In the early 1800’s, as the pioneers crossed the Appalachian Mountains, among the many discoveries they made was the hickory sapling. This small diameter tree grew throughout the Midwest in groups of twenty to thirty, surrounded by much larger trees.
As the saplings struggled towards the sunlight above, they grew straight and tall – yet the diameter did not exceed two to three inches – even after twenty to thirty years of growth. If you’re pioneer without furniture, you soon realize that this amazing hardwood sapling made for ideal chair and table frames. – Excerpt from Old Hickory Furniture Co Website.
Brian was from Canada, found my website after searching for someone to restore his four historic Old Hickory chairs.
Rik was in need of restoring his canoe seats. How often do you see a canoe seat in this condition? It didn’t take much to put it back in perfect order and get Rik canoeing in style again.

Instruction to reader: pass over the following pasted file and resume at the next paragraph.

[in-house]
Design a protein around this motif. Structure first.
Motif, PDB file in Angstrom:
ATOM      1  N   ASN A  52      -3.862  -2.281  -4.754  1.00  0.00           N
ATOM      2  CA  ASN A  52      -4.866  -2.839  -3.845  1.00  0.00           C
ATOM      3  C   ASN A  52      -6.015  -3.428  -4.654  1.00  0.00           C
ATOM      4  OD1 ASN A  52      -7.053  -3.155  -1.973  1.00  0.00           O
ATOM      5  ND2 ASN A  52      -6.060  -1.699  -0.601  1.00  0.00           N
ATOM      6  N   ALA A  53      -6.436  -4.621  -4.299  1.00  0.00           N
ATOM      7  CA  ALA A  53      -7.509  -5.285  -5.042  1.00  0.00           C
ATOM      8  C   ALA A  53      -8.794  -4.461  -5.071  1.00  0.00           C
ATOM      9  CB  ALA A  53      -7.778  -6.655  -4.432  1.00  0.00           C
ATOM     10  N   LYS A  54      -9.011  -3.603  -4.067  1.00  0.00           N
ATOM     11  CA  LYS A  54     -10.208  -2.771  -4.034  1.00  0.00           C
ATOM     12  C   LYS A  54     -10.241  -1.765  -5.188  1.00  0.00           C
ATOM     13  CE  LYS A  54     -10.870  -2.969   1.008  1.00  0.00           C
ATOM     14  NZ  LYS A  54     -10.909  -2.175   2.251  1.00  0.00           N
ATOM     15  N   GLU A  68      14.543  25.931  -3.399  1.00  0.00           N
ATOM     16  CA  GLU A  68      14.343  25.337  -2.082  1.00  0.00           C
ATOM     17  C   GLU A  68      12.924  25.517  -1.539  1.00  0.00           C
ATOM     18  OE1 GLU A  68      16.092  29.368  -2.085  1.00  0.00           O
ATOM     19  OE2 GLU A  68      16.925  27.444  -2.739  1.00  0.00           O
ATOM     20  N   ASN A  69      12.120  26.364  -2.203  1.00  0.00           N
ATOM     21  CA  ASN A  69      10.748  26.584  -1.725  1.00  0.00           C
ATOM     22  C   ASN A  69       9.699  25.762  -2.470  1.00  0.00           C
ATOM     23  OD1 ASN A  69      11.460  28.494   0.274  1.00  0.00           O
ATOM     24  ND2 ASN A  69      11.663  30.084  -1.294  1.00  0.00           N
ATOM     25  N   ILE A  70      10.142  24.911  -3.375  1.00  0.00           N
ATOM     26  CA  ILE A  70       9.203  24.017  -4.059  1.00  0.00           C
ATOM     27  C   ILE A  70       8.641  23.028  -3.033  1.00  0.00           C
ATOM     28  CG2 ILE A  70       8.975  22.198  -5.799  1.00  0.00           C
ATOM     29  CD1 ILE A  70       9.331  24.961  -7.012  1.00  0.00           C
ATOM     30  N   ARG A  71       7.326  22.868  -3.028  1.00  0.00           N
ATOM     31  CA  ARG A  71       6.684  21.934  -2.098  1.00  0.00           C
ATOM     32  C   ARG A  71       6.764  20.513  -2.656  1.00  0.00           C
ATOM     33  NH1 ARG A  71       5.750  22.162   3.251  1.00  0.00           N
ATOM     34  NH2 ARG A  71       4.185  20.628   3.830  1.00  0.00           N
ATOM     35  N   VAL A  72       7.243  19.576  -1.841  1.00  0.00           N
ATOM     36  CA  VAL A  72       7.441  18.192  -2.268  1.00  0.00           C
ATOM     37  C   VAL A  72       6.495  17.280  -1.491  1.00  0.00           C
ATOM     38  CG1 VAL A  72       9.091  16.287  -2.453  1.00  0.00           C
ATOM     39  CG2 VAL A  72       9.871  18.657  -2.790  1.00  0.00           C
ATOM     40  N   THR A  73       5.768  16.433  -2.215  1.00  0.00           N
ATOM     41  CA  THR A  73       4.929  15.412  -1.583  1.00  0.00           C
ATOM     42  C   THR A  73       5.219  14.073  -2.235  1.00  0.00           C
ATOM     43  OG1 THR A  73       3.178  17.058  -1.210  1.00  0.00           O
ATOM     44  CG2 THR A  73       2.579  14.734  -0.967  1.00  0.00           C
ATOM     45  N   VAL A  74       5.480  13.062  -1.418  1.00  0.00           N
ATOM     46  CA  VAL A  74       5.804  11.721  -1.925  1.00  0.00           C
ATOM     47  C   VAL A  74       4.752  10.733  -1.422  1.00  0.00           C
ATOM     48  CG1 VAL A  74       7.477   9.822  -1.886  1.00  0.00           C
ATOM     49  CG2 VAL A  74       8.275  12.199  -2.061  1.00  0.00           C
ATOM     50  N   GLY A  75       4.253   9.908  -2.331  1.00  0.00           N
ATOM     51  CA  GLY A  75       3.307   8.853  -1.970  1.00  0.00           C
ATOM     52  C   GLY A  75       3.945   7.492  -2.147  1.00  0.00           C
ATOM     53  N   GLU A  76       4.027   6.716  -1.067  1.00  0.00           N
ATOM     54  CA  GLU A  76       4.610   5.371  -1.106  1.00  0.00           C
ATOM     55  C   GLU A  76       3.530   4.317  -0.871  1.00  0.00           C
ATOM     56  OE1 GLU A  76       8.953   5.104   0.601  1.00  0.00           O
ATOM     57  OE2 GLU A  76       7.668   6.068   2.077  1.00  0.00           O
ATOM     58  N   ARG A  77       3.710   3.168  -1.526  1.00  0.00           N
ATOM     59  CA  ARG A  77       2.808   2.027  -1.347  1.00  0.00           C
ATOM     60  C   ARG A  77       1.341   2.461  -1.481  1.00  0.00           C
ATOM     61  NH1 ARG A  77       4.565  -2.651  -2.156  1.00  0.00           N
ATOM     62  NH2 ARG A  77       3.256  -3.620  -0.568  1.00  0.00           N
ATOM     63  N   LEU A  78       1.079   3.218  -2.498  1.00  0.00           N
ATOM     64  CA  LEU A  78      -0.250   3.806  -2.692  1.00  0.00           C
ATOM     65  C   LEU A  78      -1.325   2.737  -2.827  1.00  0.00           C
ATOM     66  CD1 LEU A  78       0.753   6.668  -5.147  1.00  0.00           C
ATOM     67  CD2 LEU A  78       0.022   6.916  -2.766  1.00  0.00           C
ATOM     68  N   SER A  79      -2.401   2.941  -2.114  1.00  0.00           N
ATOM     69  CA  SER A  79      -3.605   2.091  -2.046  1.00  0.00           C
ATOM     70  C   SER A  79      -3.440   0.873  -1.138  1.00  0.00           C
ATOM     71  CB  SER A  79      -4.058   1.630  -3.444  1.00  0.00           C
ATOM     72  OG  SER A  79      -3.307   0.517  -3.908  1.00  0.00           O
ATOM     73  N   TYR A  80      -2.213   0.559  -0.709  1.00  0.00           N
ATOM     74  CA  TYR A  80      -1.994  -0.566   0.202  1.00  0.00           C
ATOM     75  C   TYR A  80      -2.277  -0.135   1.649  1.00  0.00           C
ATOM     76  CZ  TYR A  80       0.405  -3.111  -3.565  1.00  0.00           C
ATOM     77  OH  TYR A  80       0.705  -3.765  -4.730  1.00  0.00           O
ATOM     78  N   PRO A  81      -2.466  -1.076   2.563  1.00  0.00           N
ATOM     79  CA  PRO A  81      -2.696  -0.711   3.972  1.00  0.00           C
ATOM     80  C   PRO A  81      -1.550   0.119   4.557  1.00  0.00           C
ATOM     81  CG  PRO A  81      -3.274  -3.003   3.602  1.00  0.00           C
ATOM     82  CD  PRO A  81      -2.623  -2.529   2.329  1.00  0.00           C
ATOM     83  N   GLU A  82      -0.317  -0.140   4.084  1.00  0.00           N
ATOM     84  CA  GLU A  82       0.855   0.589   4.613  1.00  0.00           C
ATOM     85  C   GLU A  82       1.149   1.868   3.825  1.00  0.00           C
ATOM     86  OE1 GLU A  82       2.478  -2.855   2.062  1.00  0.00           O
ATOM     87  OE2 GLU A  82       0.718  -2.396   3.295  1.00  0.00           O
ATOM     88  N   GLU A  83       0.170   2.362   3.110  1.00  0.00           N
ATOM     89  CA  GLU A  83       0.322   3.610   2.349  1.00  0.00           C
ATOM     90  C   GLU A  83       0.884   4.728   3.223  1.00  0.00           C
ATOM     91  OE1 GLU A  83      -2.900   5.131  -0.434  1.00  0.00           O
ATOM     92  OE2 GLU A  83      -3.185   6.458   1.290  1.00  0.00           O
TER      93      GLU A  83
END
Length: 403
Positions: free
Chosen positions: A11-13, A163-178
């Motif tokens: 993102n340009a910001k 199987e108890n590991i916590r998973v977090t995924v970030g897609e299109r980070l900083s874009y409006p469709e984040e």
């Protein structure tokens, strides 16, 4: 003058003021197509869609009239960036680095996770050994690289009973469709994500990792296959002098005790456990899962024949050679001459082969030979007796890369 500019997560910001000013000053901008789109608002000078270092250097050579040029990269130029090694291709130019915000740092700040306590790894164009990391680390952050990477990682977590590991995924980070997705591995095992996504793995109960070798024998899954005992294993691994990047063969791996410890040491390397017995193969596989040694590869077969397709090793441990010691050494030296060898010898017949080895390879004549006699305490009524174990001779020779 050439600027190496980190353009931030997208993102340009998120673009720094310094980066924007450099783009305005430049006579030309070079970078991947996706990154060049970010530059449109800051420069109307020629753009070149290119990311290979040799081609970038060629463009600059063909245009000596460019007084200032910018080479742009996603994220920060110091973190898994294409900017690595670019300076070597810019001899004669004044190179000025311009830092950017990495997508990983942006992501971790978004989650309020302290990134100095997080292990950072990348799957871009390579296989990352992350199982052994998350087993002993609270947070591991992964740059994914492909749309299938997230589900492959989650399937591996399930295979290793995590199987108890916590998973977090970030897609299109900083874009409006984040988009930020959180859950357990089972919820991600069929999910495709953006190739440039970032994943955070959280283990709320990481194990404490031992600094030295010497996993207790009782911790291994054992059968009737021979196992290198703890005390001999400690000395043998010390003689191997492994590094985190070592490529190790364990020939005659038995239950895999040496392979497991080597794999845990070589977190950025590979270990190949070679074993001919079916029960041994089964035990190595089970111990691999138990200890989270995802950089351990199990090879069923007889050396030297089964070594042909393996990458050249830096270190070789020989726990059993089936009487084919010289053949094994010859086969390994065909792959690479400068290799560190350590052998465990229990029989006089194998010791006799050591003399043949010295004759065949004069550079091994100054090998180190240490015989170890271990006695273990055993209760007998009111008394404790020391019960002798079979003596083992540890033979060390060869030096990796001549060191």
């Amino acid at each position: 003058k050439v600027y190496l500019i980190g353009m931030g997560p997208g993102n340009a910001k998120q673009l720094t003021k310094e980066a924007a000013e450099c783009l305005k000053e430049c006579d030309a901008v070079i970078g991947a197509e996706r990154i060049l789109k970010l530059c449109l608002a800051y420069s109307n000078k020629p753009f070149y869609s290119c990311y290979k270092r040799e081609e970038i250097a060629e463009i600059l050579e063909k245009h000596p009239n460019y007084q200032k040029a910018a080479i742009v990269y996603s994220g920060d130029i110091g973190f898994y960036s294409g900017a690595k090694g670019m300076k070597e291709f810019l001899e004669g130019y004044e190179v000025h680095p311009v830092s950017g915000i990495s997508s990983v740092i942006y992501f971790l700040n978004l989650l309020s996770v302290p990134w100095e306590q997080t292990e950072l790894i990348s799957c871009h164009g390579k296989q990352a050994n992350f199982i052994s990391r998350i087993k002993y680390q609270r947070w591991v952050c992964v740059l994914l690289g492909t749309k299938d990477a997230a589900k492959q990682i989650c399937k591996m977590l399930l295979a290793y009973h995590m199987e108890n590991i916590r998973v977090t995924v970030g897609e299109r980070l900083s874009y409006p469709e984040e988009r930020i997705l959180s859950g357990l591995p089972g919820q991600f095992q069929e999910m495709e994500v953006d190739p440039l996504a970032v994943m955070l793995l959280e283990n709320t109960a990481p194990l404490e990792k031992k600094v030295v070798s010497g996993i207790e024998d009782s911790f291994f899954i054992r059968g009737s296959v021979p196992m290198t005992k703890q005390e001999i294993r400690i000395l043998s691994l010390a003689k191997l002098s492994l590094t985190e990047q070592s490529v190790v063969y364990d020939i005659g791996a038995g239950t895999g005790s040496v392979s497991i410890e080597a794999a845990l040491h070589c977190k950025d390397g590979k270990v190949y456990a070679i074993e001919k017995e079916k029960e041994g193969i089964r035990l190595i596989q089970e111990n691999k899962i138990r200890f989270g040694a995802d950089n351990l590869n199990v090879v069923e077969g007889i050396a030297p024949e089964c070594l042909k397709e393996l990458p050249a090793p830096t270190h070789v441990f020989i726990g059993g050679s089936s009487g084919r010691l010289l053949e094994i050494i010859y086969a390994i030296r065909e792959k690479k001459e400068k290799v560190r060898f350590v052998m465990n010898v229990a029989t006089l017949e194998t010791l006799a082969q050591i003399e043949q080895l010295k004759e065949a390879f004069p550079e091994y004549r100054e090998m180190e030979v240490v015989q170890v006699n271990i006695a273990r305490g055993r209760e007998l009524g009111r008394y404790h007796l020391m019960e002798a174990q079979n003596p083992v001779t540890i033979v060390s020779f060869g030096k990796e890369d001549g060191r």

A dream come true is to work on authentic antiques, especially if they are Shaker and rich with history. Harry brought his Mt. Lebanon rocker to me for bottoming restoration. The very special part of this project is that Harry’s chair still had its original seat on it. Although we knew we could not match the colors perfectly, it was important to leave the first seat in place and put the new seat on top. Pictured below are the steps that were taken to make this a usable masterpiece. Notice on this chair how the twill pattern goes in different directions on the top portion than it does on the seat. In our restoration process it is important to copy it as it was done on this chair.